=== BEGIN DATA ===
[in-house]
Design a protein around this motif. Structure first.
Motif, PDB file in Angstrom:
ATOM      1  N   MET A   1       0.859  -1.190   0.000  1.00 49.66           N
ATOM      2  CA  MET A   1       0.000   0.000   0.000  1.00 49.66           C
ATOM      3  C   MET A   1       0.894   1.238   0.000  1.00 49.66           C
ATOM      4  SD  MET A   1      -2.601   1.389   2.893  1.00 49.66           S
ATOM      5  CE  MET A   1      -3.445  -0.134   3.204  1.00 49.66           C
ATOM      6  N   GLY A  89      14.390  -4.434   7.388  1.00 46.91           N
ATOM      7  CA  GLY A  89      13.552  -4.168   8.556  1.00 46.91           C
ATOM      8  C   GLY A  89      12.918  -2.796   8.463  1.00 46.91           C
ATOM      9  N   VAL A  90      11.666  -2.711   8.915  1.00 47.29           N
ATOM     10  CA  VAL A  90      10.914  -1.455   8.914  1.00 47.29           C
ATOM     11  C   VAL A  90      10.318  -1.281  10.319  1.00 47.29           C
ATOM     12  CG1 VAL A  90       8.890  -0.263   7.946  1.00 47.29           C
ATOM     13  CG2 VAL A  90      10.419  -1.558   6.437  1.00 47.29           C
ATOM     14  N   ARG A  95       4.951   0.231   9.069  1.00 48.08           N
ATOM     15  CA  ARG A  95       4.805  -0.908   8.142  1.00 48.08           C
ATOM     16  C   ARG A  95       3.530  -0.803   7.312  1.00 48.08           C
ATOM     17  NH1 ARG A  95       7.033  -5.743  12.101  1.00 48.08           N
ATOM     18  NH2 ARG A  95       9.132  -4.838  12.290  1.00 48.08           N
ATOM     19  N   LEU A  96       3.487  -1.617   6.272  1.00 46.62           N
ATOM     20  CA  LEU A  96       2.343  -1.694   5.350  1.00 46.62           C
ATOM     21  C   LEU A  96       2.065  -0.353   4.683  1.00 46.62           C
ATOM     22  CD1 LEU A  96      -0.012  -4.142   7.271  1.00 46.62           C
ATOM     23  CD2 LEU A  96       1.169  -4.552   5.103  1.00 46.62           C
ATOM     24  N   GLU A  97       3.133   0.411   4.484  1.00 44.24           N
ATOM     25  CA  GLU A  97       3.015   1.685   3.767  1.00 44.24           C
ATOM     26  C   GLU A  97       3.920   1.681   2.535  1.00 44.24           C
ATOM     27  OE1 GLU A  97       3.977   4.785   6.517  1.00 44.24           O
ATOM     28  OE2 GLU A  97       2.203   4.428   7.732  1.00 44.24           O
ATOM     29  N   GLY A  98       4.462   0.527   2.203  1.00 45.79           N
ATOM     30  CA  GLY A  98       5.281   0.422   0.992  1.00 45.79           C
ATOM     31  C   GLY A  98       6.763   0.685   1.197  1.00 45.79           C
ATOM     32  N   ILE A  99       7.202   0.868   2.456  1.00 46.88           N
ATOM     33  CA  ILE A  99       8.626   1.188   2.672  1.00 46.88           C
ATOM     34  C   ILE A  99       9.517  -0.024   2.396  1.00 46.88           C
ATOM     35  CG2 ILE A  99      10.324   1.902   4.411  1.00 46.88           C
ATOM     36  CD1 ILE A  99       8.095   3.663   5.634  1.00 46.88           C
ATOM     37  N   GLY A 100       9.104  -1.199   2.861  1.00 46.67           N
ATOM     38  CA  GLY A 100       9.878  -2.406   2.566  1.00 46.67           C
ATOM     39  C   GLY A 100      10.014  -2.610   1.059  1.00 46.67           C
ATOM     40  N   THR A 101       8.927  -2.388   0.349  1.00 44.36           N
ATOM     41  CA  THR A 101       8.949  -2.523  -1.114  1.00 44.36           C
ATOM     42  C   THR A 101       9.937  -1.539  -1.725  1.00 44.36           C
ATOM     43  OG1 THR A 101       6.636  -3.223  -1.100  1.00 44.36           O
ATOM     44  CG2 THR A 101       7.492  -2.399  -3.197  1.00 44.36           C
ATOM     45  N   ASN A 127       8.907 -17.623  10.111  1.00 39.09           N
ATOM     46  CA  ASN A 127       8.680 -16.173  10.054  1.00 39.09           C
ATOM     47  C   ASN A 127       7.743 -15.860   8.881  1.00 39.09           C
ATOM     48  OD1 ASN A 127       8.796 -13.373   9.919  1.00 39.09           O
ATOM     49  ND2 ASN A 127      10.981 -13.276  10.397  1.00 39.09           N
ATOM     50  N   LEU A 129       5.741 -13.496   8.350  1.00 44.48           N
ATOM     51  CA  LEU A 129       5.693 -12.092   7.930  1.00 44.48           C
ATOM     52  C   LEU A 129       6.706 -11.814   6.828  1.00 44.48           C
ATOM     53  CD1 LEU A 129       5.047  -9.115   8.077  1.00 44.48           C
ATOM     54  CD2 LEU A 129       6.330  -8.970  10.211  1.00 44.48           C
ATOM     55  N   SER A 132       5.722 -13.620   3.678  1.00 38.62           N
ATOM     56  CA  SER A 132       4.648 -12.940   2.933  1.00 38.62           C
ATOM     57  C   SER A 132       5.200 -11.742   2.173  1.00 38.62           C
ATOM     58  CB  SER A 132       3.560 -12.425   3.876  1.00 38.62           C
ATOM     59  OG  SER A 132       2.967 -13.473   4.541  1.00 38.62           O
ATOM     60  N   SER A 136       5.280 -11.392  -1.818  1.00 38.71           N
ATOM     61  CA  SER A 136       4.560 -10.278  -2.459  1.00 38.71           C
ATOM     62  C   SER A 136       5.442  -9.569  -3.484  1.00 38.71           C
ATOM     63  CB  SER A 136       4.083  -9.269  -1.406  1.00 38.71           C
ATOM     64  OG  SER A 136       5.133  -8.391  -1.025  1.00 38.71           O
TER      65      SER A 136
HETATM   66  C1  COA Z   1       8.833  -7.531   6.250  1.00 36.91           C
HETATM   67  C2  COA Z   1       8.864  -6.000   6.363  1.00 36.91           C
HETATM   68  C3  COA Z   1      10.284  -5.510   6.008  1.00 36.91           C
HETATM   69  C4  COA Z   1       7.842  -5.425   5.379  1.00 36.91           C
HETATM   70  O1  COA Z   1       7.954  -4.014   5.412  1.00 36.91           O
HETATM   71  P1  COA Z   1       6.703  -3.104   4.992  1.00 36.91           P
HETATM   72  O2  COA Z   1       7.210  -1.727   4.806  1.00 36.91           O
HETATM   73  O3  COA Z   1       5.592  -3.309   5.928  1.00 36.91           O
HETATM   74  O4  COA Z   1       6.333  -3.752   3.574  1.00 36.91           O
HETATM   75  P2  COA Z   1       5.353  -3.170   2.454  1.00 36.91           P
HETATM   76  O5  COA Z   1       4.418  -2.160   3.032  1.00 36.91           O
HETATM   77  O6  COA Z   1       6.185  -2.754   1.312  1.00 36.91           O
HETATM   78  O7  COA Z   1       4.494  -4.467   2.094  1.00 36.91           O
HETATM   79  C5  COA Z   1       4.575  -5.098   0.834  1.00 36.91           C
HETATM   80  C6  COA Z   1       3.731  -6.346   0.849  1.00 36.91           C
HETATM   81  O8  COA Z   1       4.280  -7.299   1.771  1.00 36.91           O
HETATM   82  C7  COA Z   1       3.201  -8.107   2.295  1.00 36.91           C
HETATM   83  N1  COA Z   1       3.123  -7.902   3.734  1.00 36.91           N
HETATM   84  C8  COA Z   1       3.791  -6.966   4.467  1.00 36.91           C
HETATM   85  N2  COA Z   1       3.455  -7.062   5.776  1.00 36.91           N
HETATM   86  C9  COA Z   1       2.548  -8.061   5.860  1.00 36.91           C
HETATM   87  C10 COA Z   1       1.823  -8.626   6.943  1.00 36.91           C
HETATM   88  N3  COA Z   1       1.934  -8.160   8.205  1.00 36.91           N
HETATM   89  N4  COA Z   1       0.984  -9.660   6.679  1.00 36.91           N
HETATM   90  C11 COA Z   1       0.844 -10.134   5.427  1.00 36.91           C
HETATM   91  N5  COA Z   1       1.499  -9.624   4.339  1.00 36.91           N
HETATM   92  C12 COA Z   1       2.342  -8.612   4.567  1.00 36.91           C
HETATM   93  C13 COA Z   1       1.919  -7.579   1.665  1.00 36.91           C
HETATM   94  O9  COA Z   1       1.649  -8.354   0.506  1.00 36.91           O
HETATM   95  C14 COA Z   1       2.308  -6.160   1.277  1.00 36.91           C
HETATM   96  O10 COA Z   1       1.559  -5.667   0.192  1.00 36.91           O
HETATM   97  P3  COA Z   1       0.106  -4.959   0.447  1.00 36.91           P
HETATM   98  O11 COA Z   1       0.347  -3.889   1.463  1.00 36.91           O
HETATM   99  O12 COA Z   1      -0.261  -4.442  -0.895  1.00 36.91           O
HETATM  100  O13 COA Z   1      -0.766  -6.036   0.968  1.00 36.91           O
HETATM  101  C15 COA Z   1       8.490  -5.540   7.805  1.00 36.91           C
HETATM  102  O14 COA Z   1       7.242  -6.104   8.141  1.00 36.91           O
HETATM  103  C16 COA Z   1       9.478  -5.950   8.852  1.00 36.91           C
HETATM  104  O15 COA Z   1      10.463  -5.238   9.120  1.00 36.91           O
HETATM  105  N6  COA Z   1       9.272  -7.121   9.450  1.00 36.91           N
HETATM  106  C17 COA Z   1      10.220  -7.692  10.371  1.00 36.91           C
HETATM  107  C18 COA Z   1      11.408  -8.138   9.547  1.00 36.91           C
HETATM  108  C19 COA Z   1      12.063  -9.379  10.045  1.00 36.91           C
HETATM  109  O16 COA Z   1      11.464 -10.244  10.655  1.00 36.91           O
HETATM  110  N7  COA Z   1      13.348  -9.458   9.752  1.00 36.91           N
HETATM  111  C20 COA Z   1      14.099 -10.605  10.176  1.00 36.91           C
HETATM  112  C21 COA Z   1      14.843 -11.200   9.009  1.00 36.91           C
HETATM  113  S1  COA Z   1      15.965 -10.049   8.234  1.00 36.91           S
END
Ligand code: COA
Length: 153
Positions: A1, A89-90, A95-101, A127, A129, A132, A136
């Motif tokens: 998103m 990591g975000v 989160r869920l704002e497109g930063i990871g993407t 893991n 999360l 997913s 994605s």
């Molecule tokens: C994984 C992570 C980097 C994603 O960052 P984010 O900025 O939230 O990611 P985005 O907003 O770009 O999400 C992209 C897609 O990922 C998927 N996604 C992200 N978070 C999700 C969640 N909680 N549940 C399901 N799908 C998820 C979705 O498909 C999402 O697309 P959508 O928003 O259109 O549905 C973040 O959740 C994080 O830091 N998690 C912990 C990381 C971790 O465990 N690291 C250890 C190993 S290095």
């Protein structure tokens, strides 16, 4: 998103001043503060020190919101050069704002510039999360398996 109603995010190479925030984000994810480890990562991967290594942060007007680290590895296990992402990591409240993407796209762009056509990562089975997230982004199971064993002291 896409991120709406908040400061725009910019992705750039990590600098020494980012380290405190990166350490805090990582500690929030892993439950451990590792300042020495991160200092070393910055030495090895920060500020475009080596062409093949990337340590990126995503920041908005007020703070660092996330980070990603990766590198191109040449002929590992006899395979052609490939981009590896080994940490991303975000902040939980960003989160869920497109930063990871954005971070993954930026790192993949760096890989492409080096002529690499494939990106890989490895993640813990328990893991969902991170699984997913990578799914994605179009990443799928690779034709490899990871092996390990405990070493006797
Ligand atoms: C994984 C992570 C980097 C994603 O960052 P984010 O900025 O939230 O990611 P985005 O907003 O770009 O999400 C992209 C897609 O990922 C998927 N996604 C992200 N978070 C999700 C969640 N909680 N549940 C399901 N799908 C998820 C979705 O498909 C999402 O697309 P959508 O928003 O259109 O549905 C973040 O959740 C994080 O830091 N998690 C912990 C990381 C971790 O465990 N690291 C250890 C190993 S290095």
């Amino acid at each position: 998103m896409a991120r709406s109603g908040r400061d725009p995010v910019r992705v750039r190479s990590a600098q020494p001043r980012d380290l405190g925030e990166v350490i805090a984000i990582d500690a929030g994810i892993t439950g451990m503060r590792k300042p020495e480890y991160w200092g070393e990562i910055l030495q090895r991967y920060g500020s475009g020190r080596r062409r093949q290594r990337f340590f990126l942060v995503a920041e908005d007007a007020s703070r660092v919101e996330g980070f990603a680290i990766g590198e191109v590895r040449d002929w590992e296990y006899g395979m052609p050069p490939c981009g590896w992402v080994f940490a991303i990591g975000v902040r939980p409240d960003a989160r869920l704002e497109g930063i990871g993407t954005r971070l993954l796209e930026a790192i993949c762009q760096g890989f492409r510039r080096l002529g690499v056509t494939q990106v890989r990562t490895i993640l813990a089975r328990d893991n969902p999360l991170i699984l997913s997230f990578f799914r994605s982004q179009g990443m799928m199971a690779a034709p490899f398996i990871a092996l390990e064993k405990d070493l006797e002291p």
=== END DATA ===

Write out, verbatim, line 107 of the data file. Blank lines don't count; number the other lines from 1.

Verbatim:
HETATM  104  O15 COA Z   1      10.463  -5.238   9.120  1.00 36.91           O